Deepfake photos are fast approaching the point where many can’t tell the difference between them and real images. It’s a lesson AI image generator Midjourney learned the hard way when some used its platform to create several recent images, including several fakes of former US President Donald Trump being arrested. After the images went viral, many thought they were real, sparking conversations and controversy based on completely fabricated information.
According to The Washington Post and reported on by The Verge, these deepfakes became so widespread, they prompted Midjourney to halt free trials on March 28. However, when TechRadar reached out to Midjourney CEO and founder David Holz for clarification, he insisted that there was a different reason for the halt: “Users signing up for multiple free trial accounts was bringing down the service for paid users so that’s why we temporarily halted free trials.”
This correlates with a previous statement Holz made to The Verge concerning the free trials, that it was due to “extraordinary demand and trial abuse.” Previously, Midjourney’s free trial allowed for 25 free images a month before users had to pay at least a $10 per month subscription fee.
When asked about the creation of these controversial deepfakes created through Midjourney, Holz told TechRadar “I think we’re still trying to figure out what the right moderation policies are. We are taking feedback from experts and the community and trying to be really thoughtful. We already have some new systems coming which should ship soon.”
Now, though, it looks like Midjourney will be keeping free trials disabled, at least for the immediate future. “We tried turning trials back on again with new safeties for abuse but they didn’t seem to be sufficient so we are turning it back off again to maintain the service for everyone else,” Holz told us.
He added that free trials will be coming back eventually, but the company is still considering how to go about it. “We’re still trying to figure out how to bring free trials back, we tried to require an active email but that wasn’t enough so we’re back to the drawing board.”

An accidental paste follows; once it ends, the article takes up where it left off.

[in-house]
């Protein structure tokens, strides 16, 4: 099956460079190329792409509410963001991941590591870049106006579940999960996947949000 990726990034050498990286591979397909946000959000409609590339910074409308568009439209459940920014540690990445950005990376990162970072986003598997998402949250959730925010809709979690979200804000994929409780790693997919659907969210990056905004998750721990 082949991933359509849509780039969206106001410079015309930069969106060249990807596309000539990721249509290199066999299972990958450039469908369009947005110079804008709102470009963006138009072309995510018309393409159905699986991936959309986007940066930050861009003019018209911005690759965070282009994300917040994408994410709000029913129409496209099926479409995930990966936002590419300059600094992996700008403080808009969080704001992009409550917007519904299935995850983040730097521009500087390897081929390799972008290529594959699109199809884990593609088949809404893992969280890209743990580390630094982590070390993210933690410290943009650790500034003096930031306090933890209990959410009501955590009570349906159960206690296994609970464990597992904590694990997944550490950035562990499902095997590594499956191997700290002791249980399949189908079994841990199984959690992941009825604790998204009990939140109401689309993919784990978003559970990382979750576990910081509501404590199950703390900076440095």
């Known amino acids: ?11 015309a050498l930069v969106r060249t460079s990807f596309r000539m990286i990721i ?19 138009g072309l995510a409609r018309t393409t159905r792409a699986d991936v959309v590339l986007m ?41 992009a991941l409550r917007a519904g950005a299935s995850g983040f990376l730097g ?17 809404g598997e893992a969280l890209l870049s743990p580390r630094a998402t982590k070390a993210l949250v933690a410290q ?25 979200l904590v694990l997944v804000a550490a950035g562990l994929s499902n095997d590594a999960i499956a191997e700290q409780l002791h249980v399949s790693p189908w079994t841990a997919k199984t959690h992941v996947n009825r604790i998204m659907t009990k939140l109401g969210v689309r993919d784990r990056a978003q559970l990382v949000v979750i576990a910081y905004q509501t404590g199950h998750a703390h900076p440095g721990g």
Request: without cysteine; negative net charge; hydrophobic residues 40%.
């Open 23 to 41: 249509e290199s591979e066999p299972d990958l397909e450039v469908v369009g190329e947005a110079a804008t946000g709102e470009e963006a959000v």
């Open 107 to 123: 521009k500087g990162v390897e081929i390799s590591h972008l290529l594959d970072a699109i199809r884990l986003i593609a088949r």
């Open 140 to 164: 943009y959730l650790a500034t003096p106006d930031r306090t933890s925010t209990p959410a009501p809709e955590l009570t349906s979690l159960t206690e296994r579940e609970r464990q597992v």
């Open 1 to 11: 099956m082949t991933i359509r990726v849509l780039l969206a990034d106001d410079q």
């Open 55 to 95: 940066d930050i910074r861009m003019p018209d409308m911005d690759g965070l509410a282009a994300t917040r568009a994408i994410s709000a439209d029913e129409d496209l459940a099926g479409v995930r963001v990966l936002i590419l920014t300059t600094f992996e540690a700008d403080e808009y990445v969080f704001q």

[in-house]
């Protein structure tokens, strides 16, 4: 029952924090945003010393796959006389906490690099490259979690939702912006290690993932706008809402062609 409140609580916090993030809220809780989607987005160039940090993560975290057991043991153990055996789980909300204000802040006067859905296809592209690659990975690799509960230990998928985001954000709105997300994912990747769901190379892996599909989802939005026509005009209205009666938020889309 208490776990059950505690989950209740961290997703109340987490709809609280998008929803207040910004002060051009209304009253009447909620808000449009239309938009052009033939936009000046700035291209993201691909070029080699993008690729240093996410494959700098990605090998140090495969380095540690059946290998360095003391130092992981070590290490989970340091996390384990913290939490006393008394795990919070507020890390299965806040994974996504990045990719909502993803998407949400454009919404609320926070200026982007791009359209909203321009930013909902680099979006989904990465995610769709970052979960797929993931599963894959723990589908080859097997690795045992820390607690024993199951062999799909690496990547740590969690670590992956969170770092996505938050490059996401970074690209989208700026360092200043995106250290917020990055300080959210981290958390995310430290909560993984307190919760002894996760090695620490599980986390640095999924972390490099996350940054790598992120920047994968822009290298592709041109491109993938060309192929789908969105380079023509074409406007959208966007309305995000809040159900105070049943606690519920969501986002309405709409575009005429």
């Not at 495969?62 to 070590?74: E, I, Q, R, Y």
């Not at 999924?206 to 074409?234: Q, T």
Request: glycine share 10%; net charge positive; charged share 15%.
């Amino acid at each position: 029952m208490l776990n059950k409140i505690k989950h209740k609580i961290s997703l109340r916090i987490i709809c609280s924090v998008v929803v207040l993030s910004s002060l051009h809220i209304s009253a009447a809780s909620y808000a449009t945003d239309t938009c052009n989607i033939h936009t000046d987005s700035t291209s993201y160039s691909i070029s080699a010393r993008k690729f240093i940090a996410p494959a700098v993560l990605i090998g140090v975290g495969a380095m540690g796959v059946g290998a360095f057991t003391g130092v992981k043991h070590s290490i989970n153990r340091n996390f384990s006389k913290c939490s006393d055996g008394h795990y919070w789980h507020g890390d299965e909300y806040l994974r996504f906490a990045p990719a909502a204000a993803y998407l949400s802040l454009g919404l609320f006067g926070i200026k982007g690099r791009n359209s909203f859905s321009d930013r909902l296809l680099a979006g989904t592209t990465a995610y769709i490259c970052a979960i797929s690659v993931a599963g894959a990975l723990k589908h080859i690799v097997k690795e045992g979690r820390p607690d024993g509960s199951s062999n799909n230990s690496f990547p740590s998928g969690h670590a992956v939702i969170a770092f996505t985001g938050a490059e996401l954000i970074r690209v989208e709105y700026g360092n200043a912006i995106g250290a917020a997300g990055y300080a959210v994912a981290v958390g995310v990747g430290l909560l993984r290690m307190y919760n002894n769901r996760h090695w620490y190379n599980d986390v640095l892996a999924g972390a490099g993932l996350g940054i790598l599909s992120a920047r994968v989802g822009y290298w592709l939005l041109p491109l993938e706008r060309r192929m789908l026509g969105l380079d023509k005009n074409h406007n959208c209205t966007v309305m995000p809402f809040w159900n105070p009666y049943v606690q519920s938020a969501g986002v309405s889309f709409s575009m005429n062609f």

What is Midjourney?
Midjourney is just one of several AI image generators, with others including Dall-E, Jasper Art, Starry AI, Stable Diffusion, and plenty of others. These sites exist to create new and entirely fabricated images that are trained on existing online images and data. The images can be photorealistic, fanciful images of animals, surreal images, pixel art, and more. What originally set Midjourney apart from other generators was the more painting-like quality of its images compared to others. At least until version 5 was released on March 15.
Initially, Midjourney-created images were easily spotted thanks to common signs like wonky hands (too many fingers). But once version 5 of its software launched, images became vastly superior in quality, which meant that people could create images with more realistic hands, as well as better lighting and fabric. Essentially you can make tons of deepfakes of celebrities and other public figures thanks to the combination of better technology and the sheer number of real-life images available for training Midjourney.
Deepfakes, or photos created using AI technology for the purpose of spreading misinformation with fake images, have become a growing problem. Beyond the Donald Trump arrest deepfakes, others created with Midjourney featured Pope Francis wearing a puffy, white down coat, French President Emmanuel Macron walking through the ongoing protests in Paris, and Twitter CEO Elon Musk holding hands with U.S. representative Alexandria Ocasio-Cortez.
This isn’t the first time that AI-generated creations have been at the center of controversy, as tech leaders and AI experts recently released an open letter calling for the halt of training AI chatbots like ChatGPT.
The future of AI-generated image sites like Midjourney is uncertain. While the technology holds great potential to aid humans, it can and has already been used in more destructive ways. Only time will tell whether safeguards, from lawmakers to the companies themselves, can manage safety and public good, while still allowing AI to flourish and grow.